On the subject of DOOH pricing, CPM, etc.
My last post was over a month ago, but it was an important one, discussing the results of our most recent survey on DOOH advertising pricing. After publishing that article, I got a number of calls and emails from operators of what I'd consider to be fairly large DOOH advertising networks. All of them wanted a more detailed analysis of the numbers, and an opinion on whether they were reliable. However, none of them contributed to the results by filling out the survey in the first place. All seemed a bit... irritated on the phone (it's harder to pick out that nuance in an email). One possible explanation might be that our data suggests that some DOOH advertisers are overpaying for their current placements, which could theoretically drive actual pricing done. But if that were the case, I'd be expecting more holiday cards from big brands thanking us for helping them lower their ad spend.
Image credit: Quinn Dombrowski on Flickr
"I have no idea about ad sales..."
Not one but two VC-backed startups called in recently to chat about their plans to launch the next world-dominating, advertising-funded digital signage project. Neither management team included any experienced ad sales people. One of them didn't even know what media buyers and planners were. But despite that, they both mentioned Coke, Pepsi, Apple and Nike as potential advertisers. Yikes. I've been saying this about once a year since around 2006, but not having ad sales experience is the #1 reason why DOOH advertising networks fail. Maybe it's time for yet another refresher article on the subject :)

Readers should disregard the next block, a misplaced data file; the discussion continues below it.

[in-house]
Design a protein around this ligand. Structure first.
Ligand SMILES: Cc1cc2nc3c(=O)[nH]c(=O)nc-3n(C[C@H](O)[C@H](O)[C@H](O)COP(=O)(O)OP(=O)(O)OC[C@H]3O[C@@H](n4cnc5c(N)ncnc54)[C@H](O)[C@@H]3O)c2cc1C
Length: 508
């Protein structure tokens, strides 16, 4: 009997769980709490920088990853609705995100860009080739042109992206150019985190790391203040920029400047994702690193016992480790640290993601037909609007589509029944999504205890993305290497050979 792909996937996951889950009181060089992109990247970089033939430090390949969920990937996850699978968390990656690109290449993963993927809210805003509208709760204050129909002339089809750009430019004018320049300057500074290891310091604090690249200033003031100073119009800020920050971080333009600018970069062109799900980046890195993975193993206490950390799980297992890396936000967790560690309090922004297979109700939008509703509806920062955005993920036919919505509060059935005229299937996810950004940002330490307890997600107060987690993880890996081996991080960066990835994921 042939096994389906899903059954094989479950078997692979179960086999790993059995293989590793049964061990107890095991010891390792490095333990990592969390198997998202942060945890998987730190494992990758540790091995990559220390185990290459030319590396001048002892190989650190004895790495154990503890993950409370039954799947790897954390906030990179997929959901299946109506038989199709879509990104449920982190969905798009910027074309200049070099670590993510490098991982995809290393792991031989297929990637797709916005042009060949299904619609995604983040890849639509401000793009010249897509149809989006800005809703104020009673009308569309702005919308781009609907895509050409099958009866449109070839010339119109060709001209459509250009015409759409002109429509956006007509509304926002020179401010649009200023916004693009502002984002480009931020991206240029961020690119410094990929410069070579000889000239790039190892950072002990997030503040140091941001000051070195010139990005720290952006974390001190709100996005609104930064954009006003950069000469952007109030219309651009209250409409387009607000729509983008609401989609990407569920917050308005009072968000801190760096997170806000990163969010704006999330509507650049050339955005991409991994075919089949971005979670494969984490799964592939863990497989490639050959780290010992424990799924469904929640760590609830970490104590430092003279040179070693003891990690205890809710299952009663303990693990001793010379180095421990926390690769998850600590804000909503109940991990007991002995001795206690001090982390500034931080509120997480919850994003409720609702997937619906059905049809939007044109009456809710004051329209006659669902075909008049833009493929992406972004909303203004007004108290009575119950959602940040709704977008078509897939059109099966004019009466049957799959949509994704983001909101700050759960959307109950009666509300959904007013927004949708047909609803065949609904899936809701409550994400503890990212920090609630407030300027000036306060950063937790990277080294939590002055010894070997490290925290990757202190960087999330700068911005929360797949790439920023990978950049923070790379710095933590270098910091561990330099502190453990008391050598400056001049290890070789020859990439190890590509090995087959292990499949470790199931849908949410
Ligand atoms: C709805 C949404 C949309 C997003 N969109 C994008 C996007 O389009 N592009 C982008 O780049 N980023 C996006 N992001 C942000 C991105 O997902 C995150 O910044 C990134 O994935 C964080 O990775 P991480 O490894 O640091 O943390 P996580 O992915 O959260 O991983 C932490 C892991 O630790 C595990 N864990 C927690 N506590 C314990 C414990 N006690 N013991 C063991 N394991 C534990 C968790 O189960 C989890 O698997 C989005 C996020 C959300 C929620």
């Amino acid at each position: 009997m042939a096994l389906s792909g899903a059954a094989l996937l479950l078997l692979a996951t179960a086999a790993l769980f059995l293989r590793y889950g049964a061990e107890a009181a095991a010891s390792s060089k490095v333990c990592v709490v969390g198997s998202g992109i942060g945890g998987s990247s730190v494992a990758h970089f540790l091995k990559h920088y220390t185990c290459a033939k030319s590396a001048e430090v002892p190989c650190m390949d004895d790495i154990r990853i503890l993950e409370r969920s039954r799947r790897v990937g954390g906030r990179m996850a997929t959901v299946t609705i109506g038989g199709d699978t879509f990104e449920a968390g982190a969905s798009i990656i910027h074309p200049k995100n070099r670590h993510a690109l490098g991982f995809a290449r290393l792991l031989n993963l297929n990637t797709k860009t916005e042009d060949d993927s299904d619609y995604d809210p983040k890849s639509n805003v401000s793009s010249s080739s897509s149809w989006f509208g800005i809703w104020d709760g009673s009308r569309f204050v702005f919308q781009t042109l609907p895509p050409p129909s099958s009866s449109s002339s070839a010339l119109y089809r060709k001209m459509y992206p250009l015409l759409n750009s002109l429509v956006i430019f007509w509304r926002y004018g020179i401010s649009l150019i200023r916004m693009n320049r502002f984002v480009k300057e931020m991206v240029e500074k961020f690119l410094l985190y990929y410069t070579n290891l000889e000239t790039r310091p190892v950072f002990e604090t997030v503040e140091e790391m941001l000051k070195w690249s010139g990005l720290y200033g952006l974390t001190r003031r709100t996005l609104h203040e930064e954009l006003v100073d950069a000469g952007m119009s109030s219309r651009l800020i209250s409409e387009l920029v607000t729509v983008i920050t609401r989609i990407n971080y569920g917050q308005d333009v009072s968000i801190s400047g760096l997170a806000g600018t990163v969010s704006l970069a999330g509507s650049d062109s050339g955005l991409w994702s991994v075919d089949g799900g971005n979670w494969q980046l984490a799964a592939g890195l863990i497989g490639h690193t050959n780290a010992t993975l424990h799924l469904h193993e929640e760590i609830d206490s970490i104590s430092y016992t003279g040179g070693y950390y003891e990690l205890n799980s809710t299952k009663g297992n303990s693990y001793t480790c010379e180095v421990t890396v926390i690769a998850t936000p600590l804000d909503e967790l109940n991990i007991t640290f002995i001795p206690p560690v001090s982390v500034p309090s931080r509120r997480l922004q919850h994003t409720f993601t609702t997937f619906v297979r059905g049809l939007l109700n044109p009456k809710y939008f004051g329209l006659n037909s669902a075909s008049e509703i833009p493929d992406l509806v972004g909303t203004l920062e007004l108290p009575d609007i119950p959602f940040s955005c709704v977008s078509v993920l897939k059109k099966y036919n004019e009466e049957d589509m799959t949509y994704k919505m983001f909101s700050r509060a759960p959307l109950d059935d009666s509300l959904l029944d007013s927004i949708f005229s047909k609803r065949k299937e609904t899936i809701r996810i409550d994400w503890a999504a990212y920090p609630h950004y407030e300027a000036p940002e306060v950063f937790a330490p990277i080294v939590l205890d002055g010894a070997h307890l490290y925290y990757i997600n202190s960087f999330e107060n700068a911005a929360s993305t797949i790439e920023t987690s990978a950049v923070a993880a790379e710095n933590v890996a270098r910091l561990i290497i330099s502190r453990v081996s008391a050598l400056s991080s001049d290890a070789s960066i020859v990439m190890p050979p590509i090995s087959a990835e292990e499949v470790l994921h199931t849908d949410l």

Likewise, I had a build-vs-buy conversation with a pretty business-savvy group recently. Way back in 2010, I figured the market was mature and established enough to put this kind of inane discussion to bed, but I was wrong. And I see that Ken Goldberg was lucky enough to have a similar discussion (and blog about it) just recently. All I have to say is this: if you're thinking of writing your own software from scratch, you should probably pick a less saturated market.
In the digital signage world, the more things change, the more they stay the same. On the downside, that means that there are still loads of crazy people in our industry. But on the upside, it also means that costs continue to fall, and our approaches for identifying and moving past all of the crazy people remain relevant. And once we put the crazies aside, we find that the opportunities are bigger, more varied, and span a much larger swath of vertical markets than before.